Posted by  Esteban Tristan, Ph.D.

Please answer the following question as honestly as possible.

On a scale of 1 (Very Unlikely) to 6 (Very Likely) what is the likelihood that the average employee in your workplace would stop a job if they deemed it to be unsafe?

Does your company have an official Stop Work Authority policy that allows any worker to stop a job if they feel it is unsafe?  If so, what was your answer to the question above?  If your rating was 3 or lower, don’t feel bad.  Many organizations today still struggle with implementing an effective and robust Stop Work Authority (SWA) process that truly empowers individuals to exercise this authority and stop a job when they feel that they or co-workers are at risk of injury.  I work with a lot of global organizations that have very low incident rates and seemingly strong safety cultures, but when we talk to employees about their SWA, it becomes apparent that not everyone is truly comfortable stopping the work.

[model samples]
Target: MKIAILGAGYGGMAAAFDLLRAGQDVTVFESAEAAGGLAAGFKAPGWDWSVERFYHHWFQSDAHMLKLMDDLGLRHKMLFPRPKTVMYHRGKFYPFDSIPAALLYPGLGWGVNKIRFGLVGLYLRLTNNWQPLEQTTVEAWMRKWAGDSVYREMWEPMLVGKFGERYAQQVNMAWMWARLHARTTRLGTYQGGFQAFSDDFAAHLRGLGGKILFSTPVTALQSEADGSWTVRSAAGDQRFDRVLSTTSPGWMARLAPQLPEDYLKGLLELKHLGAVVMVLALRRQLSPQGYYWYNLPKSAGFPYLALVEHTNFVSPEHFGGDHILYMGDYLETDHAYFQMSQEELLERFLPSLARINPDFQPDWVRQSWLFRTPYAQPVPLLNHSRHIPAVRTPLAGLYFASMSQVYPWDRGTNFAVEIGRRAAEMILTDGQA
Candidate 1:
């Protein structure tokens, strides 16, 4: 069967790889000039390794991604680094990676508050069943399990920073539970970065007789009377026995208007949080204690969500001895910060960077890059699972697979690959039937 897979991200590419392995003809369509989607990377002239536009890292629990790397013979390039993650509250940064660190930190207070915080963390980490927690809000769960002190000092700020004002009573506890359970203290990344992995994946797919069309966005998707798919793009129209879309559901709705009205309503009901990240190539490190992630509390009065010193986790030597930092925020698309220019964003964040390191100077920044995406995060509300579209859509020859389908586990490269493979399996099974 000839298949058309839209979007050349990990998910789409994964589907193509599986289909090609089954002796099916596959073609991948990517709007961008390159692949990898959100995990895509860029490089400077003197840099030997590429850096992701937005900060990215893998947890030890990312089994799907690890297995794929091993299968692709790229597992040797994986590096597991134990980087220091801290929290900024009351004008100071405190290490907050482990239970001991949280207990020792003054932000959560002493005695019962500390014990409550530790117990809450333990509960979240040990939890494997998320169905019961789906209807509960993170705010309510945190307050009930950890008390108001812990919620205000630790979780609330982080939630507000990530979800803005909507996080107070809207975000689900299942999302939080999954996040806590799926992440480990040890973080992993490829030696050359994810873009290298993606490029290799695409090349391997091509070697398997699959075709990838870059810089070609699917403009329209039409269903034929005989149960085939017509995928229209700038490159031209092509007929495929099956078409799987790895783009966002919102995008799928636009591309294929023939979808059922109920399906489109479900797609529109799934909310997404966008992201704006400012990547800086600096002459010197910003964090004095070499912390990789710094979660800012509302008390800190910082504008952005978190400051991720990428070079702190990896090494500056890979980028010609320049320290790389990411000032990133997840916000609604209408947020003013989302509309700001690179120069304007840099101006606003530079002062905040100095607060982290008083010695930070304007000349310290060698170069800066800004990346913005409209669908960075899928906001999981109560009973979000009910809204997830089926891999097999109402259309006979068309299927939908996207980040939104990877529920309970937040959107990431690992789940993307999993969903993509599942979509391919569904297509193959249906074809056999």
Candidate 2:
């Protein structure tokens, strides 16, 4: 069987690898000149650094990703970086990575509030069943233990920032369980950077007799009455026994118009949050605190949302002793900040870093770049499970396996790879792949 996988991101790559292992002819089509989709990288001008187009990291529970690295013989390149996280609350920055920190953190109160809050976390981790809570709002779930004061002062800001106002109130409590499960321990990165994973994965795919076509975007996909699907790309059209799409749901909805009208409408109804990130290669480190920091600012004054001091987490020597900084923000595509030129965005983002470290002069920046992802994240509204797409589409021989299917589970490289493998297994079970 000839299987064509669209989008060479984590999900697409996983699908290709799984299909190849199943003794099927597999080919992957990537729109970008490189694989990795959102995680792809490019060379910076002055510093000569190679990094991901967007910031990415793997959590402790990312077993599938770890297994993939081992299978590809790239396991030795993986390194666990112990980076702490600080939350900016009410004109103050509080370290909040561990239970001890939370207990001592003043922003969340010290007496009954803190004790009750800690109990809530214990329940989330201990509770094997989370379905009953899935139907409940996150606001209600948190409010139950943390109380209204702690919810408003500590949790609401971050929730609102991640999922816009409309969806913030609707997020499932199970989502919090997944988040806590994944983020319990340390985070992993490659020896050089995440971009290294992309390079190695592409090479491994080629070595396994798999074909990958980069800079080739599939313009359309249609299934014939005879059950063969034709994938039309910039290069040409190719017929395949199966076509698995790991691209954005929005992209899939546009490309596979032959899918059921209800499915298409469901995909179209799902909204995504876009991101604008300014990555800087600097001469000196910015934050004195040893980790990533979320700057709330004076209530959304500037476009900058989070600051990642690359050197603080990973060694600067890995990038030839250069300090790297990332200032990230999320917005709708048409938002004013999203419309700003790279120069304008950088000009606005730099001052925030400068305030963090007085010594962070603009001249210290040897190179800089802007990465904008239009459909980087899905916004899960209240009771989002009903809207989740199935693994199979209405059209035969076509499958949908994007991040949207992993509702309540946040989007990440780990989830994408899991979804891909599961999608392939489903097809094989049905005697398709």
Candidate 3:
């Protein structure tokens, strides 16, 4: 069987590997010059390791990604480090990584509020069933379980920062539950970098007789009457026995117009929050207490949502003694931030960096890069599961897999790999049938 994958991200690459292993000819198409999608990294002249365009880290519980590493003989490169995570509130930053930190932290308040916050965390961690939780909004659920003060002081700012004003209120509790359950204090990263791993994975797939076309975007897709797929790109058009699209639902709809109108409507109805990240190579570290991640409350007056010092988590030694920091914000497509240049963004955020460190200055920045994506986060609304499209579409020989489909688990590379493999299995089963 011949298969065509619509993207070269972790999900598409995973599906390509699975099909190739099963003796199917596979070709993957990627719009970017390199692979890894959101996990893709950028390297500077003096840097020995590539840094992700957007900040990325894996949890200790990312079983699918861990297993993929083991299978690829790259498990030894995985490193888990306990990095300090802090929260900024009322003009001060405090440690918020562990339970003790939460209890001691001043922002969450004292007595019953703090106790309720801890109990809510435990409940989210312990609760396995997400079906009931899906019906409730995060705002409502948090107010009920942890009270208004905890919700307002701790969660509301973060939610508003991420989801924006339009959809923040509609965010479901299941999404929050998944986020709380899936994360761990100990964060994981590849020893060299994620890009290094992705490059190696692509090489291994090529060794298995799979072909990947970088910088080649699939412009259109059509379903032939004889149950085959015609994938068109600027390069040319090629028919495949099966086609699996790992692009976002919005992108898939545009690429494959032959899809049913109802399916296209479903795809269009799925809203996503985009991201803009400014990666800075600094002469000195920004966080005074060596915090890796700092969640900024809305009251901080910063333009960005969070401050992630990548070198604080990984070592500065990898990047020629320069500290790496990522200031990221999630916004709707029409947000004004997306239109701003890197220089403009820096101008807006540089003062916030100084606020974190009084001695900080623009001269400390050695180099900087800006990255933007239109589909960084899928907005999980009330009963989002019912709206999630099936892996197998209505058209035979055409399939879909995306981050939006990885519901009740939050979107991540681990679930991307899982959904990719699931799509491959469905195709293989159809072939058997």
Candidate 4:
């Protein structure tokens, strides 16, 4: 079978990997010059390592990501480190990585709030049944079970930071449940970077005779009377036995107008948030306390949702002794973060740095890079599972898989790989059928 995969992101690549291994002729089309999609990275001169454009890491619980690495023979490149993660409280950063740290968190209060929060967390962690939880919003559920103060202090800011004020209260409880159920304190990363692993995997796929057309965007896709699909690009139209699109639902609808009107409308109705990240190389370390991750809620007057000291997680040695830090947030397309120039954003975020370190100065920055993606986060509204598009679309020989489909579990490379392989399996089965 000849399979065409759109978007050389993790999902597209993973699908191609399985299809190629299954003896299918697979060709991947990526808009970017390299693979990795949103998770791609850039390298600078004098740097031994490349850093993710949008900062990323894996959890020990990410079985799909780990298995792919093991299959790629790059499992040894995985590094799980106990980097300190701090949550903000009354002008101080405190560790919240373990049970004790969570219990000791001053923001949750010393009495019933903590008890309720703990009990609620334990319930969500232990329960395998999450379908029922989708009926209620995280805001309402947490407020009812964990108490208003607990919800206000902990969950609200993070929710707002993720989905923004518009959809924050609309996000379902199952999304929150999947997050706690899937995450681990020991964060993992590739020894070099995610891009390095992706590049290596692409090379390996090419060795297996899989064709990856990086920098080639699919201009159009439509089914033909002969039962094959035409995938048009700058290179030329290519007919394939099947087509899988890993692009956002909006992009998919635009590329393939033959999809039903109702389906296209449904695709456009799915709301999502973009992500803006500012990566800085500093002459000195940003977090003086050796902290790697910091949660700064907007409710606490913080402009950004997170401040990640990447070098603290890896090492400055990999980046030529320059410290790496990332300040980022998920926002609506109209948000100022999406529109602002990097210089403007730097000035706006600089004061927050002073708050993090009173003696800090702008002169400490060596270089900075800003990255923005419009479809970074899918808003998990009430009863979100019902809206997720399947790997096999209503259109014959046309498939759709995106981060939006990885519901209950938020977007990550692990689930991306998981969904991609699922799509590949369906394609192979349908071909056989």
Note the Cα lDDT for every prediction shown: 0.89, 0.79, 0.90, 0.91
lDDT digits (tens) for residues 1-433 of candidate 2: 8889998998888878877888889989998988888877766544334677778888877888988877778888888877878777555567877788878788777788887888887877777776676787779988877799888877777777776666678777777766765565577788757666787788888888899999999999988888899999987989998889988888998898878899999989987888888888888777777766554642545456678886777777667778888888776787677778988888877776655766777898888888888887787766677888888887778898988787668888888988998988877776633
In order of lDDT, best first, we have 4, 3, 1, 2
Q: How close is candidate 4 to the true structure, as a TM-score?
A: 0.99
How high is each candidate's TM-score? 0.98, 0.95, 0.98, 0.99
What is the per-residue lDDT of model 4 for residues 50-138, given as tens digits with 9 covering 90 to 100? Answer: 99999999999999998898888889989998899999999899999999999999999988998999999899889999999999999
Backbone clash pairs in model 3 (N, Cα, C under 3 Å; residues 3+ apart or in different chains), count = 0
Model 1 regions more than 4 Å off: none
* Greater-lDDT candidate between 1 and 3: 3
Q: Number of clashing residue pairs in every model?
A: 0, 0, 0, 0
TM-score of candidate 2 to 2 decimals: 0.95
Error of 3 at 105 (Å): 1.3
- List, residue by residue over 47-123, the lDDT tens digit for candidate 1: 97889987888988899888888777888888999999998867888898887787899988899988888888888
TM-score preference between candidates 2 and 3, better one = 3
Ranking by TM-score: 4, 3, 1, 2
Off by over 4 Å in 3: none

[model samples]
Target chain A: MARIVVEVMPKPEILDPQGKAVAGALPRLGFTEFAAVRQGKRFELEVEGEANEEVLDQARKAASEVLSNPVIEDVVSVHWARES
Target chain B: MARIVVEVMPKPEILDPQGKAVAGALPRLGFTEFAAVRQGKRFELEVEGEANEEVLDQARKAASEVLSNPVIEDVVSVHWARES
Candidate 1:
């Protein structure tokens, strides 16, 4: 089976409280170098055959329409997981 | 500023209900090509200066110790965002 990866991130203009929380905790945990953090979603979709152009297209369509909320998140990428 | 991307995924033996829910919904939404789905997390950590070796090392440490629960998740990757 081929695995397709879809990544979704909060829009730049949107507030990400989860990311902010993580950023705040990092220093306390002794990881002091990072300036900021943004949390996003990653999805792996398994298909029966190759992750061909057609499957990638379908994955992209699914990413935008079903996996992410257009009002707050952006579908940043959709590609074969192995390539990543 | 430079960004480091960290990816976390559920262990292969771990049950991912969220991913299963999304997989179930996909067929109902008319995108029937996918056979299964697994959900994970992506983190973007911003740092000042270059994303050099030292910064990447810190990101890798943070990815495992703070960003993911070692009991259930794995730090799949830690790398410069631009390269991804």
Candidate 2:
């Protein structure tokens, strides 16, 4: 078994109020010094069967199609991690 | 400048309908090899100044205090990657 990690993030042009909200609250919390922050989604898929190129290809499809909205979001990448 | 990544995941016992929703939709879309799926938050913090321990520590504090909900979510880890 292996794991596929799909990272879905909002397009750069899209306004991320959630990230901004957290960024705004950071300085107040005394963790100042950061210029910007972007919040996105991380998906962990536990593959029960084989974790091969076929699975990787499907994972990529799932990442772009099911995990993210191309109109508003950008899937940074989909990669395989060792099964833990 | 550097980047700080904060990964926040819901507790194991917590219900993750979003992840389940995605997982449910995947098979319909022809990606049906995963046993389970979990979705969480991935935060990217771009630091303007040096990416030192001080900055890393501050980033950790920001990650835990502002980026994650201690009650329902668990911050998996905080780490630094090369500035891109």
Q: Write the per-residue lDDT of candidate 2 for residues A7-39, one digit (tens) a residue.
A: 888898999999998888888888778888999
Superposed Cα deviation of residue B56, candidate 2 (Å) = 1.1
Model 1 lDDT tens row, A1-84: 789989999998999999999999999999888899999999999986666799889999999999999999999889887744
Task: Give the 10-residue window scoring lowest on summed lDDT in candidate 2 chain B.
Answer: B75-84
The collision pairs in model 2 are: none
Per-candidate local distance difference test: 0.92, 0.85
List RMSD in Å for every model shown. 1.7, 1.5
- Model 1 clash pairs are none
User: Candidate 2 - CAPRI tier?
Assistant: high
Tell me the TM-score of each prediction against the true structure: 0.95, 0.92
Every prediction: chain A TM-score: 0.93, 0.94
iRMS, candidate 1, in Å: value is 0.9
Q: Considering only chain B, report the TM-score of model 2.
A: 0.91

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3 Ways to Make Your Safety Stand-Down More Powerful

Posted by  Esteban Tristan, Ph.D.

Fatalities caused by falls from elevation continue to be a leading cause of death for construction employees, accounting for 370 of the 991 construction fatalities recorded in 2016, according to the Bureau of Labor Statistics. These workplace injuries and deaths are preventable. In honor of OSHA's National Safety Stand-Down to prevent falls in the construction industry this week, we'd like to support these efforts by suggesting three ways to reinforce your stand-down efforts. By understanding your psychological characteristics and tendencies, you are more easily able to maintain a safe workplace and make the most out of this campaign.